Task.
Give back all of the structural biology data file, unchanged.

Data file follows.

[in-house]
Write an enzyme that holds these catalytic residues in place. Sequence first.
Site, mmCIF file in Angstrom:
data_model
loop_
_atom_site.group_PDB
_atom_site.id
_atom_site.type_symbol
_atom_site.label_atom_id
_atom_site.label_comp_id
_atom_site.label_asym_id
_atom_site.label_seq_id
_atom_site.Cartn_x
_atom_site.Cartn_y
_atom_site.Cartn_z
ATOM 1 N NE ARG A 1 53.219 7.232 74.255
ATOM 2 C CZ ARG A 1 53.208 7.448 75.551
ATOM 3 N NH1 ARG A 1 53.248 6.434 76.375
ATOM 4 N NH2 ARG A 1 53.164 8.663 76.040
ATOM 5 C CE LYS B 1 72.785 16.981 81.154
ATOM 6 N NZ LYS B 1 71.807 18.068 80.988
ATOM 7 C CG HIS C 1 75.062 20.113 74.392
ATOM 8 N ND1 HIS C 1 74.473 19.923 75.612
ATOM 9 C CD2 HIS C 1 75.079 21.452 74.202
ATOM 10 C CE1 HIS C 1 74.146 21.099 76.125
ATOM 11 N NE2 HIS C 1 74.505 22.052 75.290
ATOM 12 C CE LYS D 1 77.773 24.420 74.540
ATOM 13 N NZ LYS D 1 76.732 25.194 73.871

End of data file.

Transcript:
[in-house]
Write an enzyme that holds these catalytic residues in place. Sequence first.
Site, mmCIF file in Angstrom:
data_model
loop_
_atom_site.group_PDB
_atom_site.id
_atom_site.type_symbol
_atom_site.label_atom_id
_atom_site.label_comp_id
_atom_site.label_asym_id
_atom_site.label_seq_id
_atom_site.Cartn_x
_atom_site.Cartn_y
_atom_site.Cartn_z
ATOM 1 N NE ARG A 1 53.219 7.232 74.255
ATOM 2 C CZ ARG A 1 53.208 7.448 75.551
ATOM 3 N NH1 ARG A 1 53.248 6.434 76.375
ATOM 4 N NH2 ARG A 1 53.164 8.663 76.040
ATOM 5 C CE LYS B 1 72.785 16.981 81.154
ATOM 6 N NZ LYS B 1 71.807 18.068 80.988
ATOM 7 C CG HIS C 1 75.062 20.113 74.392
ATOM 8 N ND1 HIS C 1 74.473 19.923 75.612
ATOM 9 C CD2 HIS C 1 75.079 21.452 74.202
ATOM 10 C CE1 HIS C 1 74.146 21.099 76.125
ATOM 11 N NE2 HIS C 1 74.505 22.052 75.290
ATOM 12 C CE LYS D 1 77.773 24.420 74.540
ATOM 13 N NZ LYS D 1 76.732 25.194 73.871